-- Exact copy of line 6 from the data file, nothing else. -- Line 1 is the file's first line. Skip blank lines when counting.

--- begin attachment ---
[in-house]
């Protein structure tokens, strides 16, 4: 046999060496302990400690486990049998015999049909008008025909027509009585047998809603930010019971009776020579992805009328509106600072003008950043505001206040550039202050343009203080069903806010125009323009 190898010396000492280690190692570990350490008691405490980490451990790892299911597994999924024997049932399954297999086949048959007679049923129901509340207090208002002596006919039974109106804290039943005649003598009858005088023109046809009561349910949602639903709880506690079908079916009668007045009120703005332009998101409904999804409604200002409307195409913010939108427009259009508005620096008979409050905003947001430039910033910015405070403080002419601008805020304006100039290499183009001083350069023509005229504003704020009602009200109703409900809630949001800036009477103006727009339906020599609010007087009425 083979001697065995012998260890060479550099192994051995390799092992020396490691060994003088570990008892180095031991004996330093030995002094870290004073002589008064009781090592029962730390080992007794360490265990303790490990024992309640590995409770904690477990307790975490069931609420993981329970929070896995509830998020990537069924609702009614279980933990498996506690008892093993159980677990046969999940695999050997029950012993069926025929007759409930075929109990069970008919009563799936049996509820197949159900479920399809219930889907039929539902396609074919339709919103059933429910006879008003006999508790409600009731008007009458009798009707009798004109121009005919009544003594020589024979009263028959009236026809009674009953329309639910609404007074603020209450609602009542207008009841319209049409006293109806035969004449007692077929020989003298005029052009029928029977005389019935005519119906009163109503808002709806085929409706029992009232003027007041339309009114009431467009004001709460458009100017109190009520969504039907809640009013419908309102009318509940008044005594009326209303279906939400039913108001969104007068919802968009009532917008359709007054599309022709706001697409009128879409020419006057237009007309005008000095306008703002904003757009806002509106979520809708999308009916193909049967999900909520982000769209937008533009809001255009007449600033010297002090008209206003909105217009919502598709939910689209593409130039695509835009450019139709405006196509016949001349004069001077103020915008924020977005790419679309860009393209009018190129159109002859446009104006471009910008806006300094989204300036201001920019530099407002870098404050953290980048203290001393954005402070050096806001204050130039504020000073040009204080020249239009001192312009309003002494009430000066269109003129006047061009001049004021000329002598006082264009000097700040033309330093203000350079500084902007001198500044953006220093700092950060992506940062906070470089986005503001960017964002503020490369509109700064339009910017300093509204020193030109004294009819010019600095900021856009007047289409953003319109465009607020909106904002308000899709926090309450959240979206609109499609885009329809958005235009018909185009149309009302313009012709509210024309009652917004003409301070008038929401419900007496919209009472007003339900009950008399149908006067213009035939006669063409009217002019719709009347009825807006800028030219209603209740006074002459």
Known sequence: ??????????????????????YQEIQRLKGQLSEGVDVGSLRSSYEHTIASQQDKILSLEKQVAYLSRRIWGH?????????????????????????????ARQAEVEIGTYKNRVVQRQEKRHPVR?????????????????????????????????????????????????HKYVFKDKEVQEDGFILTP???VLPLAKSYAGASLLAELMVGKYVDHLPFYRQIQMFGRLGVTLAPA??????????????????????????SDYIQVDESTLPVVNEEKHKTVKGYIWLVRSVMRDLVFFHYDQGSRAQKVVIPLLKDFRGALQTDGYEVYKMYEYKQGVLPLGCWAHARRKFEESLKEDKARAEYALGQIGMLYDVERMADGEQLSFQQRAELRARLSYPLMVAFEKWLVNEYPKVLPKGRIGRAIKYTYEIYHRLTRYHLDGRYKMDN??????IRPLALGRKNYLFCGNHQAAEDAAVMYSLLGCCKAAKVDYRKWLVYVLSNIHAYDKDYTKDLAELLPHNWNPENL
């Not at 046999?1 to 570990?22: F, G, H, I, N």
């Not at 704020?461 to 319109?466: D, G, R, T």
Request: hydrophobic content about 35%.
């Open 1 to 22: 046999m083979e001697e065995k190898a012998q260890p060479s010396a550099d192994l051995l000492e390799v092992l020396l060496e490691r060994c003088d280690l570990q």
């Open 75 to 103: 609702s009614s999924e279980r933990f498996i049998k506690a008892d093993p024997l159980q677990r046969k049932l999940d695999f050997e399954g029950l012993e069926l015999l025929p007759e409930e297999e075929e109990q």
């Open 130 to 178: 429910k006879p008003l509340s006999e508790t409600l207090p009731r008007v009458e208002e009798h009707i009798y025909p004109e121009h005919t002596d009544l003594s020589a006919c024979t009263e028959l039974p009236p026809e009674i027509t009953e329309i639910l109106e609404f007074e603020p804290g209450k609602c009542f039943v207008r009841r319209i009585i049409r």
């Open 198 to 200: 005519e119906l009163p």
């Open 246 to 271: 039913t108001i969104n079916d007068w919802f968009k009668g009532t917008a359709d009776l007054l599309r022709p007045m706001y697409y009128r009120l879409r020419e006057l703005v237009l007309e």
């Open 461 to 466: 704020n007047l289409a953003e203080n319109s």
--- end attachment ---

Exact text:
Request: hydrophobic content about 35%.